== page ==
San Joaquin Valley Air Quality Study Final Report Released
For immediate release
SACRAMENTO – The San Joaquin Valley Air Quality Study Policy Committee has released its final report on the sources and formation of air pollution on the region's population and its economy.
Air Resources Board Chairman John Dunlap said, "This landmark effort brought together business, agriculture, environmental and government officials to better understand and improve the Central Valley's air quality. Through this cooperative effort, we will ensure that California's high environmental standards are maintained in the most efficient and practical manner, using the best available science." The report, which results from the cooperative efforts of air quality experts, business and political leaders, provides advanced explanations of how the Valley's smog is formed and includes the most important information obtained to date from the ten year, $18 million research project. In addition, the project produced one of the world's most sophisticated computer models that estimates the effects of population growth, vehicle movement, climate and geography on the region's air pollution levels. Among the project's most important findings are:
- reducing emissions in areas upwind from the Valley would not significantly alter ozone levels in the Valley's central and southern portions.
- although cutting both nitrogen oxide (NOx) and hydrocarbon (HC) emissions will reduce peak ozone concentrations in most places throughout the Valley, cutting NOx emissions is generally more effective than reducing HC emissions at lowering ozone in most of the observed sites. However, in the Valley's northern sector, NOx reductions alone, without concurrent HC cuts could result in higher ozone concentrations.
Because of its ozone concentrations, the San Joaquin Valley was designated as an area with serious ozone levels. The 1994 State Implementation Plan, California's blueprint for attaining and maintaining healthy air quality, contains measures that when fully implemented are projected to attain national ambient ozone standards throughout the Valley by 1999.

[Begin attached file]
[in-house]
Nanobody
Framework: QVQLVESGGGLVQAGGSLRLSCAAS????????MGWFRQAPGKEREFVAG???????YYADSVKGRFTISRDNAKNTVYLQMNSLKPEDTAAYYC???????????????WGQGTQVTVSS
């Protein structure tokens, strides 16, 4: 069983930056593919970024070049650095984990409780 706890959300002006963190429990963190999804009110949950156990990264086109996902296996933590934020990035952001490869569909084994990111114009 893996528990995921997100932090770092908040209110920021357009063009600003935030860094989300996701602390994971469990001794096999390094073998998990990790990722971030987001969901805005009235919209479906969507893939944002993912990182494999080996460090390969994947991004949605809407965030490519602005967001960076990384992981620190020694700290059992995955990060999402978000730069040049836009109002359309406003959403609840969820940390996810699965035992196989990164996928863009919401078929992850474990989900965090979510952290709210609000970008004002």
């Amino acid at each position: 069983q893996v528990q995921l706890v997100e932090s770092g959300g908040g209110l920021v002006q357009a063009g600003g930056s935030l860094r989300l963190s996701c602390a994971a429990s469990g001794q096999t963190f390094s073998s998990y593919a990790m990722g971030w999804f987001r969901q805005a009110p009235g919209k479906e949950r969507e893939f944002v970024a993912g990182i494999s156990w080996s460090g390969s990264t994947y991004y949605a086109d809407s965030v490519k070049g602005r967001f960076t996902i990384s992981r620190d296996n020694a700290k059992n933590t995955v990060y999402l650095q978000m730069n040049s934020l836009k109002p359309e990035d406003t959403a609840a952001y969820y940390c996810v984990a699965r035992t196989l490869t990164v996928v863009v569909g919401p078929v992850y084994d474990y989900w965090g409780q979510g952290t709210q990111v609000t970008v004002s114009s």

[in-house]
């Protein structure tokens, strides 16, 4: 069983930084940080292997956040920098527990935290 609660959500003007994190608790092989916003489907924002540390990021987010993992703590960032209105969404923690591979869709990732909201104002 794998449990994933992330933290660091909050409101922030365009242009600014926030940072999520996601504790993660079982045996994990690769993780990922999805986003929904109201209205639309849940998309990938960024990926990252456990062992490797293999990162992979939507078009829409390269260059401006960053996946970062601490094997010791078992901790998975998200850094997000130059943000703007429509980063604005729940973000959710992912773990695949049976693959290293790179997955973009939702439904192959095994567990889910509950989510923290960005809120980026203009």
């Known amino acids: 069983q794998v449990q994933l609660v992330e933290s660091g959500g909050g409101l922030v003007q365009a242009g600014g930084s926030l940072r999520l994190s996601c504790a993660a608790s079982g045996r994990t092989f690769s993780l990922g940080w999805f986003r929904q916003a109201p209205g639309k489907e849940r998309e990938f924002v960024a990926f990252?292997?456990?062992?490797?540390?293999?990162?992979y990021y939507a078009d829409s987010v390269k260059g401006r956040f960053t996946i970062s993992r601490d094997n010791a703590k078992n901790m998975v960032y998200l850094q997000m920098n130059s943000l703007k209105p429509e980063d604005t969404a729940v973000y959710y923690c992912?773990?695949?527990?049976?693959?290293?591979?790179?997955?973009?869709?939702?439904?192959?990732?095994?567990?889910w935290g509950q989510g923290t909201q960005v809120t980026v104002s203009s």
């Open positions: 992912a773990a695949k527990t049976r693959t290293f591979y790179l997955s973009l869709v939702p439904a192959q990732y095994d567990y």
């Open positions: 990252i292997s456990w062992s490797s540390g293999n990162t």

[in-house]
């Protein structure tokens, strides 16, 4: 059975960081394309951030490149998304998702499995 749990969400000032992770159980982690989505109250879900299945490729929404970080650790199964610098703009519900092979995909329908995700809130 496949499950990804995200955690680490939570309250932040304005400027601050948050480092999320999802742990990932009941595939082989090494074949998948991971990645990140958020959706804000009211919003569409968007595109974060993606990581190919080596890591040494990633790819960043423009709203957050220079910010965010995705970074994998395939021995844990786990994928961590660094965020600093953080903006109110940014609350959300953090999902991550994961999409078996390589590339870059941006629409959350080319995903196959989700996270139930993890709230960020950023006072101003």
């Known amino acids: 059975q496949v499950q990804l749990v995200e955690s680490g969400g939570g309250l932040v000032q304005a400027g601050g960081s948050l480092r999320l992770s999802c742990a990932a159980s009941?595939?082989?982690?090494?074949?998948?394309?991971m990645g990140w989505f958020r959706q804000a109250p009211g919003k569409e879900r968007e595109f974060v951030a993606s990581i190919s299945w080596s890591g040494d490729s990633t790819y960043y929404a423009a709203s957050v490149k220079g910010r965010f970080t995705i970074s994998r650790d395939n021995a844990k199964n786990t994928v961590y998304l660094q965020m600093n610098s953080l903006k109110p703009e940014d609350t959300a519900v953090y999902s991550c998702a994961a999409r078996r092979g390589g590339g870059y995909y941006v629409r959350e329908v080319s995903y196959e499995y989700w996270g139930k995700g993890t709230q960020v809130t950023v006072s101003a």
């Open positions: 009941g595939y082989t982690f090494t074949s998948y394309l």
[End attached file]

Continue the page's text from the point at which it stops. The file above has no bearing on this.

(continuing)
Conceived in 1984 by Valley air quality experts, agriculture and business leaders, and public officials, the San Joaquin Valley Air Quality Study was designed to improve the understanding of the causes of high ozone episodes and to develop tools that allow decision makers to identify the most effective control strategies to reduce ozone levels to within national clean air standards. To assure that these objectives were met, the study included a set of technical objectives designed to achieve those goals. An extensive field measurement project was conducted in 1990 to gather emission and weather data to help develop a computerized air quality model.
The comprehensive model is designed to identify the best methods for controlling air pollution throughout the study area's 77,538 square mile area (the size of New York, Massachusetts, Vermont, Rhode Island and Connecticut combined) that includes some of the world's most productive farmland and the state's richest oil fields. The model was designed to take into consideration the diverse geographic and atmospheric conditions that exist throughout the Valley and the potential effect that pollution formed in the Sacramento and San Francisco Bay areas has on San Joaquin Valley air quality. The model also includes information about the Valley's weather and air flow patterns in addition to data about population growth, local industrial emission sources and motor vehicle traffic.
Photochemical ozone is the chief component of smog and is formed when NOx and HC, primary emissions from motor vehicles and industrial activities, interact in sunlight. At levels found in the San Joaquin Valley, ozone can cause throat and lung irritation and may exacerbate existing pulmonary illnesses, such as asthma, bronchitis, emphysema and lung cancer. Also, ozone can affect the yield and weight of some of the Valley's most important cash crops including cotton, Thompson Seedless Grapes, Navel Oranges, nuts and some stonefruit. ARB research has determined that San Joaquin Valley agriculture loses nearly $1 billion per year from the effects of air pollution.
"The model uses air pollution and weather data gathered during the 1990 field research program to determine the best methods for improving the Valley's air quality to help meet national ozone standards as required in the 1994 State Implementation Plan," said Robert Cabral, San Joaquin Valley Unified APCD Board Chairman.